Me talking: Other inborn skills aren’t easy to paper-test for: musical, athletic, being able to sense what another person is feeling (as opposed to Asperger’s), and so on. Some of these matter a lot.
At any rate, they go on to worry about an increasingly stratified future in which a cognitive elite try to put the rest “on reservations”, so to speak. The Last Psychiatrist opined that prescription drugs were effectively if not intentionally used to zone out many of the underclass. Be that as it may, a “reservation” society won’t work—the inhabitants will burn it down and whatever else they can reach.
The final chapter has policy suggestions.
Chuck disparate impact but keep other parts of affirmative action; chuck civil union benefits (if you won’t commit why should we?); re-evaluate education structure; decentralize regulation so that more is decided locally—and more simply, so interactions aren't too complicated for the slower (Have you read the 1040 instructions?); simplify what you can in law and regulation; and don’t offer benefits for extra children.
The last point won’t fly, and shouldn't.
Decentralization of authority starkly opposes the principles of 1 ½ of our 2 political parties. The affirmative action industry wants to grow, not shrink, and claims that traditional morality is good are met with howls of hatred.
I can see why it raises a stir.
BTW, one of the things that complicates the field is the Flynn effect--that g/IQ scores have been rising since tests were introduced. That makes calibration difficult. Are they rising because education actually improves raw intelligence, or because people are just getting used to tests and therefore getting better at it (e.g. like practice for the SAT)?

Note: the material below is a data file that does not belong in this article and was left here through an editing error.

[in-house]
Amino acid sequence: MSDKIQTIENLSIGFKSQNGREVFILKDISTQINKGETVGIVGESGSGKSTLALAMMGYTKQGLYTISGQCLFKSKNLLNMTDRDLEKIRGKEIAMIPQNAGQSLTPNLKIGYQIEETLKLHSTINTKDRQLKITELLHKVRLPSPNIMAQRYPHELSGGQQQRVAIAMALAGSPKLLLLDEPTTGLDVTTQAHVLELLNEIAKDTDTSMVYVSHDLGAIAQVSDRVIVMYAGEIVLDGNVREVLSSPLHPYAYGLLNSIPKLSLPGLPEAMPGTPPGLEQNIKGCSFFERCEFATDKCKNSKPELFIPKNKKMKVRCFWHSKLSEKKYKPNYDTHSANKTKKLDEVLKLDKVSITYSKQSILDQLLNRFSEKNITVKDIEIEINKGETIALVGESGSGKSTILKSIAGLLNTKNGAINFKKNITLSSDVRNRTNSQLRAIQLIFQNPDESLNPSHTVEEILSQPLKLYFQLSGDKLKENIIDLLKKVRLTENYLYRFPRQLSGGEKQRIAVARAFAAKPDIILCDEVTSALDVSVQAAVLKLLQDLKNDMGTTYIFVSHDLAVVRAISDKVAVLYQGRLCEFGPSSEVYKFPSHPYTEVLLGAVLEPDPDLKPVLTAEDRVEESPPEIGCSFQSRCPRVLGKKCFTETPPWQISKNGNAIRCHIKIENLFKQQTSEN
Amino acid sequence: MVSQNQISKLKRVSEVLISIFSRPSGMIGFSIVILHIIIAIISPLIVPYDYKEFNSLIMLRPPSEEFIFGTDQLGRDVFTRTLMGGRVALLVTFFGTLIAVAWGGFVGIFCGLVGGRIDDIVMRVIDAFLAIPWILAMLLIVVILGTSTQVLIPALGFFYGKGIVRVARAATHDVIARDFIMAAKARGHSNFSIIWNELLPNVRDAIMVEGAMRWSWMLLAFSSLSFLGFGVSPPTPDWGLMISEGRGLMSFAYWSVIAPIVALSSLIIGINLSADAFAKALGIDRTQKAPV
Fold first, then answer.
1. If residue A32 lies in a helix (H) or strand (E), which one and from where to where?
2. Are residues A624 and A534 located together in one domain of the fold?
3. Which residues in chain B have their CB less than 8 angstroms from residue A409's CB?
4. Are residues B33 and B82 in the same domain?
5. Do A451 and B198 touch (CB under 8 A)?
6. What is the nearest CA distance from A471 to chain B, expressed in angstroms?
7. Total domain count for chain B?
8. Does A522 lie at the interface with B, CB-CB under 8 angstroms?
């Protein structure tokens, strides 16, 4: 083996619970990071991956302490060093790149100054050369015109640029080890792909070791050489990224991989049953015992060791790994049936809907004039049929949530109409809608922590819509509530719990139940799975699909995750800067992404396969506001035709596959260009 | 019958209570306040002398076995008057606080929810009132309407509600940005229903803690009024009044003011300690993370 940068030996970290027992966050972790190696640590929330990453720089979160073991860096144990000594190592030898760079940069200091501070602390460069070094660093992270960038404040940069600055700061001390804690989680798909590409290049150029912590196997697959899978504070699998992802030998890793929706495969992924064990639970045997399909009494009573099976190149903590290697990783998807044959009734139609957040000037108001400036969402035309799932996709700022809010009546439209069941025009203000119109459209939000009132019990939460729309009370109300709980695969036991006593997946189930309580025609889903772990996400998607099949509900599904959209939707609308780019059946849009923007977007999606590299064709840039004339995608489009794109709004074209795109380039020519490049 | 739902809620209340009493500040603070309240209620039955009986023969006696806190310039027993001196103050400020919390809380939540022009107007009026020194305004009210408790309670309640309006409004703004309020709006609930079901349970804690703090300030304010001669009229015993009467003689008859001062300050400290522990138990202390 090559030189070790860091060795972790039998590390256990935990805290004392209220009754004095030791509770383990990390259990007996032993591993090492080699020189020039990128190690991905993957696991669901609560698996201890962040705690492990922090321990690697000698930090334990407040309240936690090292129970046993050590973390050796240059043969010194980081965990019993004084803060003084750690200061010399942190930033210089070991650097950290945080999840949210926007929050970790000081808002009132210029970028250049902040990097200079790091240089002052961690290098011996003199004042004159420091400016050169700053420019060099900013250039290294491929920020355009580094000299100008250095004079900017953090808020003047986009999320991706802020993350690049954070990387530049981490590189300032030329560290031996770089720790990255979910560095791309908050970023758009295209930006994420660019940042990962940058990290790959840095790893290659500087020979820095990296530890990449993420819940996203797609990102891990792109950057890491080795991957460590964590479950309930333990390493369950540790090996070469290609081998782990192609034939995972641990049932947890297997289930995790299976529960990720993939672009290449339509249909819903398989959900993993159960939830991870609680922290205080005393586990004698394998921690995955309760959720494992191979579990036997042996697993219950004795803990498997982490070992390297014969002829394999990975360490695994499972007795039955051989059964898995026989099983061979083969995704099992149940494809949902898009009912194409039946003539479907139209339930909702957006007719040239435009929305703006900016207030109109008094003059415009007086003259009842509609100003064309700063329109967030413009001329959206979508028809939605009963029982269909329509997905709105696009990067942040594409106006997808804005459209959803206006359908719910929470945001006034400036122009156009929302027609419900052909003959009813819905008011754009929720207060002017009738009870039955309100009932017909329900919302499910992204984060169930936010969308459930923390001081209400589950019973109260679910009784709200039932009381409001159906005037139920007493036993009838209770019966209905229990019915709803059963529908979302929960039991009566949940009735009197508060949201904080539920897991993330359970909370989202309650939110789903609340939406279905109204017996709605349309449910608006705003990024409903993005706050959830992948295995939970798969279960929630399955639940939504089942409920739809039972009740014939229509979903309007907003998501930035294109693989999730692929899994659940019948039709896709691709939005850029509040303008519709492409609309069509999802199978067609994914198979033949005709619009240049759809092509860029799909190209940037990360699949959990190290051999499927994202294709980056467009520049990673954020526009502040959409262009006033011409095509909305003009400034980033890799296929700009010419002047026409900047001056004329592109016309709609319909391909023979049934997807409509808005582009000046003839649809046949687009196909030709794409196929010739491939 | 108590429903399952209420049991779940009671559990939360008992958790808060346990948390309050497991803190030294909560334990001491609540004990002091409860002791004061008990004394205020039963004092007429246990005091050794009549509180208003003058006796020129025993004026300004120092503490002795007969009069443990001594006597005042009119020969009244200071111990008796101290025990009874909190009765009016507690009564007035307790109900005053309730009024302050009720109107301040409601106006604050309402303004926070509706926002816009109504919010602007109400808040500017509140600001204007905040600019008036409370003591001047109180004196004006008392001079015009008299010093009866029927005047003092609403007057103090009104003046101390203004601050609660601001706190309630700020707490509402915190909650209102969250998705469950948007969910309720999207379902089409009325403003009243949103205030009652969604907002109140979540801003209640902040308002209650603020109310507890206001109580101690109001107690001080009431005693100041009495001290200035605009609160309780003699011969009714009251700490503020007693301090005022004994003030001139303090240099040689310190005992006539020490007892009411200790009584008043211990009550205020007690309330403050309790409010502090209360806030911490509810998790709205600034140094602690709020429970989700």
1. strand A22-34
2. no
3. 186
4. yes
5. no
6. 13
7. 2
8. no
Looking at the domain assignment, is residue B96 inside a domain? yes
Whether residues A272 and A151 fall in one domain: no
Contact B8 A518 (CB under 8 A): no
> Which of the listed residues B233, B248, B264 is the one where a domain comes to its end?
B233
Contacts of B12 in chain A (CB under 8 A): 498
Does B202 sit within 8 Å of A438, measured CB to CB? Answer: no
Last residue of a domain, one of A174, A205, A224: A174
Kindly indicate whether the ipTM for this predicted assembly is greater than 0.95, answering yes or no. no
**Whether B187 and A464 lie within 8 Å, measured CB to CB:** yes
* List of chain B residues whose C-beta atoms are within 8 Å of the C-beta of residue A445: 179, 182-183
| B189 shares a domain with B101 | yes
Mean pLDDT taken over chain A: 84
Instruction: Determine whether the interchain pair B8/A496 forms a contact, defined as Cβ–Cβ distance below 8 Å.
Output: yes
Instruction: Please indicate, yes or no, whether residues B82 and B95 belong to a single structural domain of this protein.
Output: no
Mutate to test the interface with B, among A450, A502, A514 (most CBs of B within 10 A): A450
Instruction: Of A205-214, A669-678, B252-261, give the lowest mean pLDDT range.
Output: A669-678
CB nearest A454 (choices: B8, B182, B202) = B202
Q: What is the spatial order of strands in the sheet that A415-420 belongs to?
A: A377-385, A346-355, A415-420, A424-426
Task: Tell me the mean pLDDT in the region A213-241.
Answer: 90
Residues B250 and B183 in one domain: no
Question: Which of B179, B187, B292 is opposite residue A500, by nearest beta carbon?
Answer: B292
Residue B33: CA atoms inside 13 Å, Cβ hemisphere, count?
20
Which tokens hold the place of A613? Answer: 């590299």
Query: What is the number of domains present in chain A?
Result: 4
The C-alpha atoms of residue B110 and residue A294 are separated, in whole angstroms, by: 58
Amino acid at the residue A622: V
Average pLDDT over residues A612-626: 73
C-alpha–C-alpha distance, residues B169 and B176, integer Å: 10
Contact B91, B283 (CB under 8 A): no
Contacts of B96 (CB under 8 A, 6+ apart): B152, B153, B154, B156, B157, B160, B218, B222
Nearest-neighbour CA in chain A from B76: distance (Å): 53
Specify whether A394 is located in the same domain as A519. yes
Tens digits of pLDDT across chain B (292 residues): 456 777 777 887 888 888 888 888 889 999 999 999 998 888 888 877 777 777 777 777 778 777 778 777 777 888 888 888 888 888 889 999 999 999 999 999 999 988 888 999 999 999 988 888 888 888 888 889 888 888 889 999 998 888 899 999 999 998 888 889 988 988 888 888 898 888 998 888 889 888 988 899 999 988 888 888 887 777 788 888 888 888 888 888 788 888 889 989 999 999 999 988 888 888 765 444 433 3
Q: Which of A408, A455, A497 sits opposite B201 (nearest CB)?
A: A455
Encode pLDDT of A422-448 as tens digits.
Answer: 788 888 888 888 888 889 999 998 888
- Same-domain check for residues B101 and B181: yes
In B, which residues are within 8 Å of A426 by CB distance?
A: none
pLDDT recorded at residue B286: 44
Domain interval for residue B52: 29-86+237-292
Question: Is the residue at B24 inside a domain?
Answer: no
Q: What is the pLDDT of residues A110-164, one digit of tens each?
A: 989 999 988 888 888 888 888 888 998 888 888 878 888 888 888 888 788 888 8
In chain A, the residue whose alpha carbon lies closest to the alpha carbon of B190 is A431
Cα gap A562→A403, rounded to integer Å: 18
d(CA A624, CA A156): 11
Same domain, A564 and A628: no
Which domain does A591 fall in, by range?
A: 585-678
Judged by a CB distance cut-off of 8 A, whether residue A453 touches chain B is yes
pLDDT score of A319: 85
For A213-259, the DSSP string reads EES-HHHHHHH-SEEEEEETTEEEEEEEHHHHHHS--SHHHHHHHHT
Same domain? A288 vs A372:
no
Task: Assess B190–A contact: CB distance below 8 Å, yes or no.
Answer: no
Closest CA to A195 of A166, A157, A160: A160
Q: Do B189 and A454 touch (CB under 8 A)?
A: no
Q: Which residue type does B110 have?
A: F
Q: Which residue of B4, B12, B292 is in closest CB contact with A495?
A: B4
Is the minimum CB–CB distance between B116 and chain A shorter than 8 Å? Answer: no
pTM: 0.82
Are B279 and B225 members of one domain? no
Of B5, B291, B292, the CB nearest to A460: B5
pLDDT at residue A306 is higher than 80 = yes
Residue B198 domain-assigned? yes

Now for a rebuttal.
The Bell Curve Wars edited by Fraser, is a collection of essays arguing with the Bell Curve. I list the authors below.
- Steven Gould: His description of "factor analysis" seems interesting, but his claim that the spike in g vanishes and turns into spikes in other "intelligences" if you rotate the parameter space, and that therefore the spike isn’t important, sounds backwards. He gripes about the lack of scatter plots.
- Howard Garder: Often disingenuous—or maybe he didn’t read thoroughly.
- Richard Nisbett: Cites lots of studies challenging the black white g/IQ gap. Hurray for Nisbett! He actually addresses some of their research!
- Rosen and Lane: Ad hominem from the get-go. Rubbish.
- Ramos: Addresses a few points
- Sowell: Addresses issues of testing among white groups, questions its reliability
- Jones: Ad hominem from the get-go and –oh look, slavery! Rubbish
- Gates: Ad hominem, but mercifully short.
- Andrew Hacker: Claims that tests are biased and points out the ranges in white g/IQ by ethnicity, and then indulges in mind-reading.
- Wolfe: Questions the claim that America is developing a cognitive elite class.
- Judis: Attacks H&M dysgenic claims
- Kaus: Argues about the genetic vs environment, but is also disingenuous—if racial differences are prenatal, changing that would require massive and intrusive intervention.
- Glozer: Asserts that H&M shortchange environmental effects, challenges their “utopia.”
- Peretz: Why don’t we all get along.
- Wiesaltier: Ad hominem, seems almost proud of his ignorance.
- Pearson: Blacks have had it bad, and H&M will discourage them.
- Lind: “Right wing” political history—recognizes role of religion in supporting human equality, but thinks it “ironic.”
- Kennedy: Bell Curve is bad; people who read it are bad.
- Patterson: H&M put in references to material which challenges their direction, and draw the reader’s attention to it—therefore the work has “self-contradictions.” His genetic argument doesn’t sound correct—he implies that intelligence is selected-for and then offers an example where propensity for violence is. If both can be, then his formula is wrong.
A few essays do deserve some followup. I’ll not spend the time myself—there are others who address this sort of detail, and I don't intend to spend what few years I have left trying to become an expert in this field. I think I'll skip the third book.
In any event, one of the thrusts of the book is barely dealt with. How to close the gap may be disputed, but the existence of the gap seems not to be. Given that gap, and given that we’re all in this together, what can we do to make sure there is a dignified role for everyone right now?
Maybe some combination of education and encouragement and pre-natal nutrition and whatever may raise the average black achievement—but if that only helps those who are children now, it doesn’t tell us how to structure things for today's adults. And Hacker points out that gaps exist among white ethnicities too—it isn’t a strictly racial divide.